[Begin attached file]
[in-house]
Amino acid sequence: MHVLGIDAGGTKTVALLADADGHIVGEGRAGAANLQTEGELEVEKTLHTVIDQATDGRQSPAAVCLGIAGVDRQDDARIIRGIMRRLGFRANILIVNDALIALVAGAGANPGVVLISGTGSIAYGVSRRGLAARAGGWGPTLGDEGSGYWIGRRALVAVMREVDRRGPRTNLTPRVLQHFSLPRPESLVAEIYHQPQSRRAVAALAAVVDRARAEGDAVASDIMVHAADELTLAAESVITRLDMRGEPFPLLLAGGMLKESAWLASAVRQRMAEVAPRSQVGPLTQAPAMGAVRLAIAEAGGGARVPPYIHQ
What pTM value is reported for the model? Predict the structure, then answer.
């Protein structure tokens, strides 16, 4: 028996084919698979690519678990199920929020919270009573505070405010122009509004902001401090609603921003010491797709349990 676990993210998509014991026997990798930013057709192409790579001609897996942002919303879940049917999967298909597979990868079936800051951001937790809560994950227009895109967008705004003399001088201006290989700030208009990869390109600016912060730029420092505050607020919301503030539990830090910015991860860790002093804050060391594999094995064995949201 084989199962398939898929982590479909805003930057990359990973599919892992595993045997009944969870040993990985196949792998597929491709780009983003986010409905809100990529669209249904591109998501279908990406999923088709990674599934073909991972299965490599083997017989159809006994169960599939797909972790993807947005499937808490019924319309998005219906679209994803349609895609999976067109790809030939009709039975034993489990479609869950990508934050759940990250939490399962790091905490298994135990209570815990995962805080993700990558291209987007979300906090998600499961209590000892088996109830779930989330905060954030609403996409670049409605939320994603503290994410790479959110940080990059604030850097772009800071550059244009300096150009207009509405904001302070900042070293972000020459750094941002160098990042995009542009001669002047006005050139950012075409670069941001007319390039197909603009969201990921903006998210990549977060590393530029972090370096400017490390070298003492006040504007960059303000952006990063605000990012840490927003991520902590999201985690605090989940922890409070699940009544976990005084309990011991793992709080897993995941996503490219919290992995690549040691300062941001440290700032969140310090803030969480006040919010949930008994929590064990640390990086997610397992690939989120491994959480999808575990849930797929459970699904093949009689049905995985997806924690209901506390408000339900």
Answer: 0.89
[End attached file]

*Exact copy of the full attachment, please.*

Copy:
[in-house]
Amino acid sequence: MHVLGIDAGGTKTVALLADADGHIVGEGRAGAANLQTEGELEVEKTLHTVIDQATDGRQSPAAVCLGIAGVDRQDDARIIRGIMRRLGFRANILIVNDALIALVAGAGANPGVVLISGTGSIAYGVSRRGLAARAGGWGPTLGDEGSGYWIGRRALVAVMREVDRRGPRTNLTPRVLQHFSLPRPESLVAEIYHQPQSRRAVAALAAVVDRARAEGDAVASDIMVHAADELTLAAESVITRLDMRGEPFPLLLAGGMLKESAWLASAVRQRMAEVAPRSQVGPLTQAPAMGAVRLAIAEAGGGARVPPYIHQ
What pTM value is reported for the model? Predict the structure, then answer.
């Protein structure tokens, strides 16, 4: 028996084919698979690519678990199920929020919270009573505070405010122009509004902001401090609603921003010491797709349990 676990993210998509014991026997990798930013057709192409790579001609897996942002919303879940049917999967298909597979990868079936800051951001937790809560994950227009895109967008705004003399001088201006290989700030208009990869390109600016912060730029420092505050607020919301503030539990830090910015991860860790002093804050060391594999094995064995949201 084989199962398939898929982590479909805003930057990359990973599919892992595993045997009944969870040993990985196949792998597929491709780009983003986010409905809100990529669209249904591109998501279908990406999923088709990674599934073909991972299965490599083997017989159809006994169960599939797909972790993807947005499937808490019924319309998005219906679209994803349609895609999976067109790809030939009709039975034993489990479609869950990508934050759940990250939490399962790091905490298994135990209570815990995962805080993700990558291209987007979300906090998600499961209590000892088996109830779930989330905060954030609403996409670049409605939320994603503290994410790479959110940080990059604030850097772009800071550059244009300096150009207009509405904001302070900042070293972000020459750094941002160098990042995009542009001669002047006005050139950012075409670069941001007319390039197909603009969201990921903006998210990549977060590393530029972090370096400017490390070298003492006040504007960059303000952006990063605000990012840490927003991520902590999201985690605090989940922890409070699940009544976990005084309990011991793992709080897993995941996503490219919290992995690549040691300062941001440290700032969140310090803030969480006040919010949930008994929590064990640390990086997610397992690939989120491994959480999808575990849930797929459970699904093949009689049905995985997806924690209901506390408000339900």
Answer: 0.89